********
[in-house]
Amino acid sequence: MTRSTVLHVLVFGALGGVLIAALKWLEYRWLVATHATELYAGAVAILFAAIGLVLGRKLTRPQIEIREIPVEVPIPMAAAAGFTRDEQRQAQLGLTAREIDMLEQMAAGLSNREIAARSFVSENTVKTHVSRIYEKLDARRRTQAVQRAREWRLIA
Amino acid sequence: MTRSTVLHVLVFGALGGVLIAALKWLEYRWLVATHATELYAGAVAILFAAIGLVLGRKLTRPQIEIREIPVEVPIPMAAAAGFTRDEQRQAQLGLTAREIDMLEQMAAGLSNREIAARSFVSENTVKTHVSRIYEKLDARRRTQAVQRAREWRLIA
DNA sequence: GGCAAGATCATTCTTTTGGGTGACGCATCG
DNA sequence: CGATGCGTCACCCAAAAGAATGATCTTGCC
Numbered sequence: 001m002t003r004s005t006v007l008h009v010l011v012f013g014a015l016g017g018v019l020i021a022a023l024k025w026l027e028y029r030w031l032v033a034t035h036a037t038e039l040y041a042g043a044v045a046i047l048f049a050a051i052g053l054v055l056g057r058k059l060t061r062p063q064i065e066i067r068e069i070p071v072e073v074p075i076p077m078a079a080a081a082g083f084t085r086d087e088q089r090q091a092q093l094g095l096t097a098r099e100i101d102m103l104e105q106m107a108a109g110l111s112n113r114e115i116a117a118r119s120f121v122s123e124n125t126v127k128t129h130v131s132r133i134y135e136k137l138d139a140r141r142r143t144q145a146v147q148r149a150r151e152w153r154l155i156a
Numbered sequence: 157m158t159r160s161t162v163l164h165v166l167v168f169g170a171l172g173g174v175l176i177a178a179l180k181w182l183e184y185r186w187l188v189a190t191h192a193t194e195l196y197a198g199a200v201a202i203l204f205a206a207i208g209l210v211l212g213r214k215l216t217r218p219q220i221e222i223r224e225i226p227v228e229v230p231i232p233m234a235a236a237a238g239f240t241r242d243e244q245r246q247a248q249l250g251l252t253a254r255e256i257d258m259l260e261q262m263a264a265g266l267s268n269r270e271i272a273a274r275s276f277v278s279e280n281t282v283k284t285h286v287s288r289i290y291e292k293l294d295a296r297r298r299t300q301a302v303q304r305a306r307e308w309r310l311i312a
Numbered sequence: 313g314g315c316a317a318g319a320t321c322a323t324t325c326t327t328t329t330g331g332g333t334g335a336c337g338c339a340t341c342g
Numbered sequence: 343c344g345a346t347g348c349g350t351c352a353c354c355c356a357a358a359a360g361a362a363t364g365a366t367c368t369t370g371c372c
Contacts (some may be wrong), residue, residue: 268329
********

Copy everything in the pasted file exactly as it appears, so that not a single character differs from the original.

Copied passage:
[in-house]
Amino acid sequence: MTRSTVLHVLVFGALGGVLIAALKWLEYRWLVATHATELYAGAVAILFAAIGLVLGRKLTRPQIEIREIPVEVPIPMAAAAGFTRDEQRQAQLGLTAREIDMLEQMAAGLSNREIAARSFVSENTVKTHVSRIYEKLDARRRTQAVQRAREWRLIA
Amino acid sequence: MTRSTVLHVLVFGALGGVLIAALKWLEYRWLVATHATELYAGAVAILFAAIGLVLGRKLTRPQIEIREIPVEVPIPMAAAAGFTRDEQRQAQLGLTAREIDMLEQMAAGLSNREIAARSFVSENTVKTHVSRIYEKLDARRRTQAVQRAREWRLIA
DNA sequence: GGCAAGATCATTCTTTTGGGTGACGCATCG
DNA sequence: CGATGCGTCACCCAAAAGAATGATCTTGCC
Numbered sequence: 001m002t003r004s005t006v007l008h009v010l011v012f013g014a015l016g017g018v019l020i021a022a023l024k025w026l027e028y029r030w031l032v033a034t035h036a037t038e039l040y041a042g043a044v045a046i047l048f049a050a051i052g053l054v055l056g057r058k059l060t061r062p063q064i065e066i067r068e069i070p071v072e073v074p075i076p077m078a079a080a081a082g083f084t085r086d087e088q089r090q091a092q093l094g095l096t097a098r099e100i101d102m103l104e105q106m107a108a109g110l111s112n113r114e115i116a117a118r119s120f121v122s123e124n125t126v127k128t129h130v131s132r133i134y135e136k137l138d139a140r141r142r143t144q145a146v147q148r149a150r151e152w153r154l155i156a
Numbered sequence: 157m158t159r160s161t162v163l164h165v166l167v168f169g170a171l172g173g174v175l176i177a178a179l180k181w182l183e184y185r186w187l188v189a190t191h192a193t194e195l196y197a198g199a200v201a202i203l204f205a206a207i208g209l210v211l212g213r214k215l216t217r218p219q220i221e222i223r224e225i226p227v228e229v230p231i232p233m234a235a236a237a238g239f240t241r242d243e244q245r246q247a248q249l250g251l252t253a254r255e256i257d258m259l260e261q262m263a264a265g266l267s268n269r270e271i272a273a274r275s276f277v278s279e280n281t282v283k284t285h286v287s288r289i290y291e292k293l294d295a296r297r298r299t300q301a302v303q304r305a306r307e308w309r310l311i312a
Numbered sequence: 313g314g315c316a317a318g319a320t321c322a323t324t325c326t327t328t329t330g331g332g333t334g335a336c337g338c339a340t341c342g
Numbered sequence: 343c344g345a346t347g348c349g350t351c352a353c354c355c356a357a358a359a360g361a362a363t364g365a366t367c368t369t370g371c372c
Contacts (some may be wrong), residue, residue: 268329